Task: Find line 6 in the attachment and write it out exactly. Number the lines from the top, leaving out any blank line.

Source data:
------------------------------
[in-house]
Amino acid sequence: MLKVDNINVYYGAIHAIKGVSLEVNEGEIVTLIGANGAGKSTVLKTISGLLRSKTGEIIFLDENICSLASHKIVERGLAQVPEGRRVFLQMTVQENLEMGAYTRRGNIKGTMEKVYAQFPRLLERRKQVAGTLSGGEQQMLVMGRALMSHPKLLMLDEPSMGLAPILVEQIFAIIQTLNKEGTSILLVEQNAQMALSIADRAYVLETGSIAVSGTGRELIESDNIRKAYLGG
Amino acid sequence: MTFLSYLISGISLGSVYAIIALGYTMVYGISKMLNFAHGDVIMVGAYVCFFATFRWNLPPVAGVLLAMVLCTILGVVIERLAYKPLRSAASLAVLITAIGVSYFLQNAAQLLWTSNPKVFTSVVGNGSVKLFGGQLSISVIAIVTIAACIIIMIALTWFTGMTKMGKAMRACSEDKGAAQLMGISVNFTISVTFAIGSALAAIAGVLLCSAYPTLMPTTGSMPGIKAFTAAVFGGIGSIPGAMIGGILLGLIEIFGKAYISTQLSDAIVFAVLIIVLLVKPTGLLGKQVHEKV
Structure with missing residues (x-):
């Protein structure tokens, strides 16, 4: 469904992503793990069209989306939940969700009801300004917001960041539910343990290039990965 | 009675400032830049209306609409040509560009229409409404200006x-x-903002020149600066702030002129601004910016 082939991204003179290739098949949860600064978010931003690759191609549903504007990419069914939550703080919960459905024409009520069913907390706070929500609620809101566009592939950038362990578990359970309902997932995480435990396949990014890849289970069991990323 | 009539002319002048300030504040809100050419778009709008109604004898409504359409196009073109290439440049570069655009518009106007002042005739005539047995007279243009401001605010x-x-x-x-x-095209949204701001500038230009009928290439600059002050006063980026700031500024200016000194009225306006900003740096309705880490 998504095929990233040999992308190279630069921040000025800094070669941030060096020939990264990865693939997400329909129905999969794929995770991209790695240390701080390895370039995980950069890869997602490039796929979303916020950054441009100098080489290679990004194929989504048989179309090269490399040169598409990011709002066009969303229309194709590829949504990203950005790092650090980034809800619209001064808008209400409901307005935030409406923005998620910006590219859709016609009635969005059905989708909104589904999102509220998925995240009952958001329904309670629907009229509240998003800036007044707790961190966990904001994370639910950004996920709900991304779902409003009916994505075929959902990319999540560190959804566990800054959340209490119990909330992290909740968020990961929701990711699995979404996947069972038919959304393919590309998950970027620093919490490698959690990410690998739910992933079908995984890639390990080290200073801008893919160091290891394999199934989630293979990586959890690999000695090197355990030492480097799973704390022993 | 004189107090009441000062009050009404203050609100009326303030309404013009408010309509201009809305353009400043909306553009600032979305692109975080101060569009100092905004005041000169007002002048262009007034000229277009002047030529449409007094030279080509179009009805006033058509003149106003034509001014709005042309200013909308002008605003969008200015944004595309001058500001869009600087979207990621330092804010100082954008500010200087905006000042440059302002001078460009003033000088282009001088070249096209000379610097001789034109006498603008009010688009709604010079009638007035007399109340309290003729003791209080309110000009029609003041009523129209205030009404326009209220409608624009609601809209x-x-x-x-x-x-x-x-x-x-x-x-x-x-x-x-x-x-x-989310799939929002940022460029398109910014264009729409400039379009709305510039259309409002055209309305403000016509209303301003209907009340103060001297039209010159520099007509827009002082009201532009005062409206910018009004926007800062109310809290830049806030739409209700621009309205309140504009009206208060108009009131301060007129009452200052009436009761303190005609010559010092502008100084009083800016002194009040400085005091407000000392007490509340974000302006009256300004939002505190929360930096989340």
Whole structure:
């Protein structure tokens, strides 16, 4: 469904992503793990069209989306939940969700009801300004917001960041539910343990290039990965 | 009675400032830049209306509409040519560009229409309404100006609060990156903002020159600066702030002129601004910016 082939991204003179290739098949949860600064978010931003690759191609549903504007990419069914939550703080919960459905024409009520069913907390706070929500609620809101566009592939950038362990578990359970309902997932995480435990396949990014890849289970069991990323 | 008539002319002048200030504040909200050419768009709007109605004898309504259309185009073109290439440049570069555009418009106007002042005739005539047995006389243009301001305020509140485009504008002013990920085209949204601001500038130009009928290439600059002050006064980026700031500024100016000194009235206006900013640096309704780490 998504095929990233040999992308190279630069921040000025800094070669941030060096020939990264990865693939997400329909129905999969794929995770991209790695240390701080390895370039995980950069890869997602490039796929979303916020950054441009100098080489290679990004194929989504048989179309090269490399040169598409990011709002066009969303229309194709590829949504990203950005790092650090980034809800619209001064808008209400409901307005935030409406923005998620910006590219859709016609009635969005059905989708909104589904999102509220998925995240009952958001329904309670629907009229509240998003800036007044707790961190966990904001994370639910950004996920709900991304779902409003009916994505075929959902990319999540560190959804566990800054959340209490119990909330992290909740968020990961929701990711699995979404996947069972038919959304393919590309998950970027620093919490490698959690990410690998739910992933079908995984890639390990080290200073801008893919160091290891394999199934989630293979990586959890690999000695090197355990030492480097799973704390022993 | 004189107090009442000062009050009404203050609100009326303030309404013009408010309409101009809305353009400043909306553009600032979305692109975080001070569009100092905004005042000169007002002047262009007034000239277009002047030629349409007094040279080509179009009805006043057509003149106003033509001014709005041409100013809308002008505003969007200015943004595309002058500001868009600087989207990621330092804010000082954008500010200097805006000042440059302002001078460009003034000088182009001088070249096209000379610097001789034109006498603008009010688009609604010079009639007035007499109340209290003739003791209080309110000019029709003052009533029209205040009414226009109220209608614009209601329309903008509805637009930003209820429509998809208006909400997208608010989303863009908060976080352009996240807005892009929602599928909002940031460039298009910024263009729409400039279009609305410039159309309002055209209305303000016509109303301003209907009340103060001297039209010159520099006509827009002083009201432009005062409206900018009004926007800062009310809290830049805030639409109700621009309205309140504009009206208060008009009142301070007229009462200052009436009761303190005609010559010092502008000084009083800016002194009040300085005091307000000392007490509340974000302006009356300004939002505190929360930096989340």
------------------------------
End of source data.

Whole structure: